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Rule No. 1: Do Not Use the Word 'Stimulus' | The Nation

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John Nichols

John Nichols

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Rule No. 1: Do Not Use the Word 'Stimulus'

Barack Obama is often a great communicator. But when it comes to discussions about the sorry state of the economy, he has failed to connect.

Obama, who proved so remarkably agile when it came to discussing America’s place in the world, and whose ability to add a few grace notes to the country’s stilted dialogue about race made even his critics begin to see him as presidential, has since January 20, 2009, struggled to connect with Americans who worry not about the job they lost but about whether they will ever work again.

The current jobs crisis—and, make no mistake, from Toledo to Tulsa to Tarpon Springs, this crisis is real, and getting more real by the minute—has weighed on Obama from the first day of his presidency. And he has never been able to find the right words.

Yes, yes, of course, deeds mean more than words, especially when the official unemployment rate is 9.2 percent, and the real rate (including the underemployed and those who have given up on the search for work) is 16.2 percent.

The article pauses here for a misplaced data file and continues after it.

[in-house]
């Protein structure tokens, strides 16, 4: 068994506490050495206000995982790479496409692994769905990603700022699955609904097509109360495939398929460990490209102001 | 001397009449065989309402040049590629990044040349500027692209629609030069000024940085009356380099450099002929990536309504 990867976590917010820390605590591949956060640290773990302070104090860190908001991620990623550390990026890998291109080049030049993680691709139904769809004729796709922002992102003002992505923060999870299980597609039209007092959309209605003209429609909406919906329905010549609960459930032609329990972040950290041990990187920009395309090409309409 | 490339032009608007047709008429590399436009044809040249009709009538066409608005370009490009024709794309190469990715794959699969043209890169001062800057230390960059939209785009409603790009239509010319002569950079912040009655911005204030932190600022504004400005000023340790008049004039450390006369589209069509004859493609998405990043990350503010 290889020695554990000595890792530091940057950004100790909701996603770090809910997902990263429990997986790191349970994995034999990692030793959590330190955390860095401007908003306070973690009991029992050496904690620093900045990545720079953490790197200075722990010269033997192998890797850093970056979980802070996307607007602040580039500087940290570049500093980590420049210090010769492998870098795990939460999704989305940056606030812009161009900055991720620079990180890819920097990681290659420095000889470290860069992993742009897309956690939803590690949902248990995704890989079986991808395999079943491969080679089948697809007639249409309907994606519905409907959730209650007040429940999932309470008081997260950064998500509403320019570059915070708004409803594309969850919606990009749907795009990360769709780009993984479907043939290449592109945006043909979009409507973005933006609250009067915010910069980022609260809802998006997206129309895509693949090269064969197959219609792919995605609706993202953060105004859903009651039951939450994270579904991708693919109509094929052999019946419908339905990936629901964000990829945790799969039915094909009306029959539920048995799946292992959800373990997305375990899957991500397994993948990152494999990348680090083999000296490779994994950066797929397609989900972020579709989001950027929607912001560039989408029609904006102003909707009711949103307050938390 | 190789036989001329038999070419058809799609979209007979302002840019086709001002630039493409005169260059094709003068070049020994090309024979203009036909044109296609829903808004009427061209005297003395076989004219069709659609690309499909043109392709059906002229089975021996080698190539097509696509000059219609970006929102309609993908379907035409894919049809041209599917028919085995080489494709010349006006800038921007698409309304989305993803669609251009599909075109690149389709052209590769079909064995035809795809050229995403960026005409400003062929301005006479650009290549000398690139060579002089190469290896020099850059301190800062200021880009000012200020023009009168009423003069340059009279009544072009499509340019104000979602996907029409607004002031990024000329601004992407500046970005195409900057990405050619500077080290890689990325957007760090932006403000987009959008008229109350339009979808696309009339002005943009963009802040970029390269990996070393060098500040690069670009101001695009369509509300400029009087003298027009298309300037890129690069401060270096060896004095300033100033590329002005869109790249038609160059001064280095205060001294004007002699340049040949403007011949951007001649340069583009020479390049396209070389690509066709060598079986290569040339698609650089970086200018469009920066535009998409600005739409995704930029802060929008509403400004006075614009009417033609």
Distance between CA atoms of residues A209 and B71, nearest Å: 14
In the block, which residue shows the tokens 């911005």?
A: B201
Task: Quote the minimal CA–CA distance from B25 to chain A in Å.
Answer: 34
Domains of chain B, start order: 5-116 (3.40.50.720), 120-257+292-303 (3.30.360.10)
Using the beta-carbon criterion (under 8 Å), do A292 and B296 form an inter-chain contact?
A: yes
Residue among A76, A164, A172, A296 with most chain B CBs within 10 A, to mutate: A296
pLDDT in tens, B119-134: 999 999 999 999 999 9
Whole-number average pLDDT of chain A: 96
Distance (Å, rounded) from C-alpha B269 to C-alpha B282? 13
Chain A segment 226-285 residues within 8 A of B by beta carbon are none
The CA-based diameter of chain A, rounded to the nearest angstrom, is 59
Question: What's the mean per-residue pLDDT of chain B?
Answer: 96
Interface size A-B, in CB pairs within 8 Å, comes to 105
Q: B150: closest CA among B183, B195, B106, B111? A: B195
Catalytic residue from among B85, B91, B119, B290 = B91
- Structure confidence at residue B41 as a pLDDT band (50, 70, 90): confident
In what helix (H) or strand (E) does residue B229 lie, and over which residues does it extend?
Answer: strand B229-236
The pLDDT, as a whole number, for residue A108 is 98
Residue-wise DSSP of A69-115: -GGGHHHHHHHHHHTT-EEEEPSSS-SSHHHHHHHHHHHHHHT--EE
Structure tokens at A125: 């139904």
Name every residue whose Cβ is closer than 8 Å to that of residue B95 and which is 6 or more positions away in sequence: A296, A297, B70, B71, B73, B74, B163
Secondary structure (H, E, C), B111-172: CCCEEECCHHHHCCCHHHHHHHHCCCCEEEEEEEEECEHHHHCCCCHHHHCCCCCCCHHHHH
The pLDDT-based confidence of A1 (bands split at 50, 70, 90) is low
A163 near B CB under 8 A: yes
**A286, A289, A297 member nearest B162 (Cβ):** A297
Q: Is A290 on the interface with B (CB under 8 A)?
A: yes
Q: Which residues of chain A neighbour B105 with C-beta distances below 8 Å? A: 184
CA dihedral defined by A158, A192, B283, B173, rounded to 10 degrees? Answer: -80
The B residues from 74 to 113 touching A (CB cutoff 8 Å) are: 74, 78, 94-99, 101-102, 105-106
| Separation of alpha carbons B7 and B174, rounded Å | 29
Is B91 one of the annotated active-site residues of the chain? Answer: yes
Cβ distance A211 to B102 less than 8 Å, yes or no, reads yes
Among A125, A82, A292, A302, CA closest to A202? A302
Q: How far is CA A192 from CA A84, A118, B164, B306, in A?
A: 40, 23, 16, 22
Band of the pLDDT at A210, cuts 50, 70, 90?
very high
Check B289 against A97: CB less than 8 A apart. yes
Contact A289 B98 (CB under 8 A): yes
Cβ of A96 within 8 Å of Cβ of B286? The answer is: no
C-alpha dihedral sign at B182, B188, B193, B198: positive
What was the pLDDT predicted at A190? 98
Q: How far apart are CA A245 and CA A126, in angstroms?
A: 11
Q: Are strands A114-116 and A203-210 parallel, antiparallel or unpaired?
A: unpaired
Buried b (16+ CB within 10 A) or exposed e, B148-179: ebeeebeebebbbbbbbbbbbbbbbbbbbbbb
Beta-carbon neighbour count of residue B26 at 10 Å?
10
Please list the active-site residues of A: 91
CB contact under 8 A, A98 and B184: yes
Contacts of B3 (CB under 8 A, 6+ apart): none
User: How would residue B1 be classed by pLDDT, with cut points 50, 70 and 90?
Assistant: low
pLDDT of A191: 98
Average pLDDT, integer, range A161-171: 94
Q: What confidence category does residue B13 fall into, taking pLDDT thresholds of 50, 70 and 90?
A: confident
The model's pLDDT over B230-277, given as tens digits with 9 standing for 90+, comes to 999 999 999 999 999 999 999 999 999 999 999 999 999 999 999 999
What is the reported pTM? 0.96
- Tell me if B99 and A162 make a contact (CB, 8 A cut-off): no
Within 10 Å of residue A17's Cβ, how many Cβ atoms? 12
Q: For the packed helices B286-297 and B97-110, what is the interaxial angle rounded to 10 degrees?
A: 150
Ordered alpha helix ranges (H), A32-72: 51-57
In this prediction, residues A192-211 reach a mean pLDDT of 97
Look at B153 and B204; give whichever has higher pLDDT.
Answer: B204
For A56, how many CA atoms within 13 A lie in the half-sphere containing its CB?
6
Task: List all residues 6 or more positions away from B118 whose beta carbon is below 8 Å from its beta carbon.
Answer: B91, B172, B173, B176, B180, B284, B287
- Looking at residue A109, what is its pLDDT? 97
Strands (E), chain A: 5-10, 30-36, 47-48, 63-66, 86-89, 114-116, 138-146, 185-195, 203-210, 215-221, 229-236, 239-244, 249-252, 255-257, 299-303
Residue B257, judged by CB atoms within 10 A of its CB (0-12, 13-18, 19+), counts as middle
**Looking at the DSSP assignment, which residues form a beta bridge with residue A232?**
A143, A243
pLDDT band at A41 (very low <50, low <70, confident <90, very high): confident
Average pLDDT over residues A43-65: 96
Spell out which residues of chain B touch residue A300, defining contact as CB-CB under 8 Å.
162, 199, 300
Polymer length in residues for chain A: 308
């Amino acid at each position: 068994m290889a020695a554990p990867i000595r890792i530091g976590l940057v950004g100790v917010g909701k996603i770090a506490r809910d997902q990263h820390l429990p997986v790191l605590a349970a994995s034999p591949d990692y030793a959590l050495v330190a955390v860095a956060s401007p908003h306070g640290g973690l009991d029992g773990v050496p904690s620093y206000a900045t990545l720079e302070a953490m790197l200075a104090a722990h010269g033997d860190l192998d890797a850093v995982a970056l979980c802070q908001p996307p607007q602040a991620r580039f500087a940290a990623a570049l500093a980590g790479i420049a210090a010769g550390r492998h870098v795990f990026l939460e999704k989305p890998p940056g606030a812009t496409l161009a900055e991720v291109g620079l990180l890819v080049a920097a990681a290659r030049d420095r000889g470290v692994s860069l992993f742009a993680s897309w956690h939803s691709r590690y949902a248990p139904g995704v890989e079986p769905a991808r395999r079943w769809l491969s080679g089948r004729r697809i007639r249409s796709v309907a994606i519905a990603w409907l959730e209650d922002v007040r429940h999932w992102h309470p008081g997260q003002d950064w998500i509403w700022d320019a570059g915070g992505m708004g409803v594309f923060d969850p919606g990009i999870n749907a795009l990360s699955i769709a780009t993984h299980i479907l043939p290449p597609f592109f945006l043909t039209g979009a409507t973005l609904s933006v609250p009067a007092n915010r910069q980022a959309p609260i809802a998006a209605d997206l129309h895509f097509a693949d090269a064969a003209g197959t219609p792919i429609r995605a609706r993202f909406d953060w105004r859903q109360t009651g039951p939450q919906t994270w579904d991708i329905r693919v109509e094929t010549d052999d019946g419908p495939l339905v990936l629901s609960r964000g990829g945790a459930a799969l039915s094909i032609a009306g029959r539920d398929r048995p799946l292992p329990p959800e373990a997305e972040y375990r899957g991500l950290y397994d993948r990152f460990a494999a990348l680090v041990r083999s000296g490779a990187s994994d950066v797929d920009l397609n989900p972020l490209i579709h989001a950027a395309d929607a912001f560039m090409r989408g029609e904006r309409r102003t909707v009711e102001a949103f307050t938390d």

But even when Obama has gotten things right, as he did with the 2009 infusion of federal funds that allowed local governments and schools nationwide to keep functioning, he has gotten the language all wrong.

That infusion of federal cash was called a “stimulus.”

It is hard to imagine a worse word choice. People didn’t want “stimulus.” They wanted work.

The ill-defined yet definitionally bureaucratic word “stimulus” confused and alienated Americans. It sounded like a new variation on the Bush-Cheney administration bailouts of Wall Street and the big banks, which was supposed to “stimulate” lending but instead took from the poor and gave to the rich—who were not even polite enough to say “thank you” as they rushed to deposit the checks.

So it was that, even as Obama tried to do what was necessary, he got the message all wrong.

So wrong that, when it came time to begin investing in actual job creation (as opposed to stabilizing moves that were designed to prevent more layoffs), Obama found himself struggling to overcome the impression that he was wasting money as wantonly as Bush, Cheney, John Boehner and Paul Ryan did on tax cuts for the rich and bailouts for the banks.

House Democratic Leader Nancy Pelosi, who has proven to be a steadier and savvier player than the other top Democrats in DC, recently signaled that she will no longer use the word” stimulus.”

Pelosi understand that the word is toxic—or, as the Washington newspaper The Hill suggested in its report on Pelosi’s move, “close to a dirty word.”

She also understands something else: President Obama and the Democrats have lost a lot of ground because of a failure to focus on fundamentals.

Pelosi has been pushing for a “go big” jobs plan. And indications are that Obama will embrace at least some elements of it—although not all of it. That will horrify congressional Republicans and Fox News pundits. But it won’t bother the American people, who have made their sentiments abundantly clear in polls that indicate job creation is far more important to them than deficit reduction.